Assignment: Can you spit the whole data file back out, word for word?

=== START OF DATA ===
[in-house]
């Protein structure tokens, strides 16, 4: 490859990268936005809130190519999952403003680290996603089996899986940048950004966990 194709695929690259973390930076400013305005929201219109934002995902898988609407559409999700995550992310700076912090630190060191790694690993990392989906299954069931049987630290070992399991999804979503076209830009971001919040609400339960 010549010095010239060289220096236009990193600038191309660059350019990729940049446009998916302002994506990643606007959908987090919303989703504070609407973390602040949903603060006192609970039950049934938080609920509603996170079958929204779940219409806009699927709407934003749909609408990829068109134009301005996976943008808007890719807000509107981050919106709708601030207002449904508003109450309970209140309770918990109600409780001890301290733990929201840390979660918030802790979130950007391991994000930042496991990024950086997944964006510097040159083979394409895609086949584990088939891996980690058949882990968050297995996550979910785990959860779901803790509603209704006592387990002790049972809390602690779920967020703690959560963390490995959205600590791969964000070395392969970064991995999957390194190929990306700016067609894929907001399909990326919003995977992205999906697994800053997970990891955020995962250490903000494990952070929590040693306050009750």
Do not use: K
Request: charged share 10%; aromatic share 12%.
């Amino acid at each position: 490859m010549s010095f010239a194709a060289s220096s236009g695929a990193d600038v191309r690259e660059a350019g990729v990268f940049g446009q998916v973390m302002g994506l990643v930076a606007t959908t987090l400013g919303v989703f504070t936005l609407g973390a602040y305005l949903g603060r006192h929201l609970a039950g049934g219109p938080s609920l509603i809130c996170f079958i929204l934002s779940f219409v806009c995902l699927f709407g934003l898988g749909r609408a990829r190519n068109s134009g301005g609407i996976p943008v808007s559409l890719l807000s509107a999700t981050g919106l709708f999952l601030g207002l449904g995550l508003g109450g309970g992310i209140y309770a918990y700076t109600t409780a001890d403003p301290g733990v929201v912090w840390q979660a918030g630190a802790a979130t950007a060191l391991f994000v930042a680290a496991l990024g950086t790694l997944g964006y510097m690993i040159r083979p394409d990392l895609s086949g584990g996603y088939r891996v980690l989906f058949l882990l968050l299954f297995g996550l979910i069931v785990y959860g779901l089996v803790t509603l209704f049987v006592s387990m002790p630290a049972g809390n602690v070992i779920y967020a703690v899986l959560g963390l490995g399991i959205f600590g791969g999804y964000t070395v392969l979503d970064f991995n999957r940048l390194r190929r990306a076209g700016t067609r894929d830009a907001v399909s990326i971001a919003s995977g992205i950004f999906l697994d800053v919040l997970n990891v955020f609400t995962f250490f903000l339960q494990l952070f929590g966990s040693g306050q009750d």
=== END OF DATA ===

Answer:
[in-house]
């Protein structure tokens, strides 16, 4: 490859990268936005809130190519999952403003680290996603089996899986940048950004966990 194709695929690259973390930076400013305005929201219109934002995902898988609407559409999700995550992310700076912090630190060191790694690993990392989906299954069931049987630290070992399991999804979503076209830009971001919040609400339960 010549010095010239060289220096236009990193600038191309660059350019990729940049446009998916302002994506990643606007959908987090919303989703504070609407973390602040949903603060006192609970039950049934938080609920509603996170079958929204779940219409806009699927709407934003749909609408990829068109134009301005996976943008808007890719807000509107981050919106709708601030207002449904508003109450309970209140309770918990109600409780001890301290733990929201840390979660918030802790979130950007391991994000930042496991990024950086997944964006510097040159083979394409895609086949584990088939891996980690058949882990968050297995996550979910785990959860779901803790509603209704006592387990002790049972809390602690779920967020703690959560963390490995959205600590791969964000070395392969970064991995999957390194190929990306700016067609894929907001399909990326919003995977992205999906697994800053997970990891955020995962250490903000494990952070929590040693306050009750």
Do not use: K
Request: charged share 10%; aromatic share 12%.
């Amino acid at each position: 490859m010549s010095f010239a194709a060289s220096s236009g695929a990193d600038v191309r690259e660059a350019g990729v990268f940049g446009q998916v973390m302002g994506l990643v930076a606007t959908t987090l400013g919303v989703f504070t936005l609407g973390a602040y305005l949903g603060r006192h929201l609970a039950g049934g219109p938080s609920l509603i809130c996170f079958i929204l934002s779940f219409v806009c995902l699927f709407g934003l898988g749909r609408a990829r190519n068109s134009g301005g609407i996976p943008v808007s559409l890719l807000s509107a999700t981050g919106l709708f999952l601030g207002l449904g995550l508003g109450g309970g992310i209140y309770a918990y700076t109600t409780a001890d403003p301290g733990v929201v912090w840390q979660a918030g630190a802790a979130t950007a060191l391991f994000v930042a680290a496991l990024g950086t790694l997944g964006y510097m690993i040159r083979p394409d990392l895609s086949g584990g996603y088939r891996v980690l989906f058949l882990l968050l299954f297995g996550l979910i069931v785990y959860g779901l089996v803790t509603l209704f049987v006592s387990m002790p630290a049972g809390n602690v070992i779920y967020a703690v899986l959560g963390l490995g399991i959205f600590g791969g999804y964000t070395v392969l979503d970064f991995n999957r940048l390194r190929r990306a076209g700016t067609r894929d830009a907001v399909s990326i971001a919003s995977g992205i950004f999906l697994d800053v919040l997970n990891v955020f609400t995962f250490f903000l339960q494990l952070f929590g966990s040693g306050q009750d």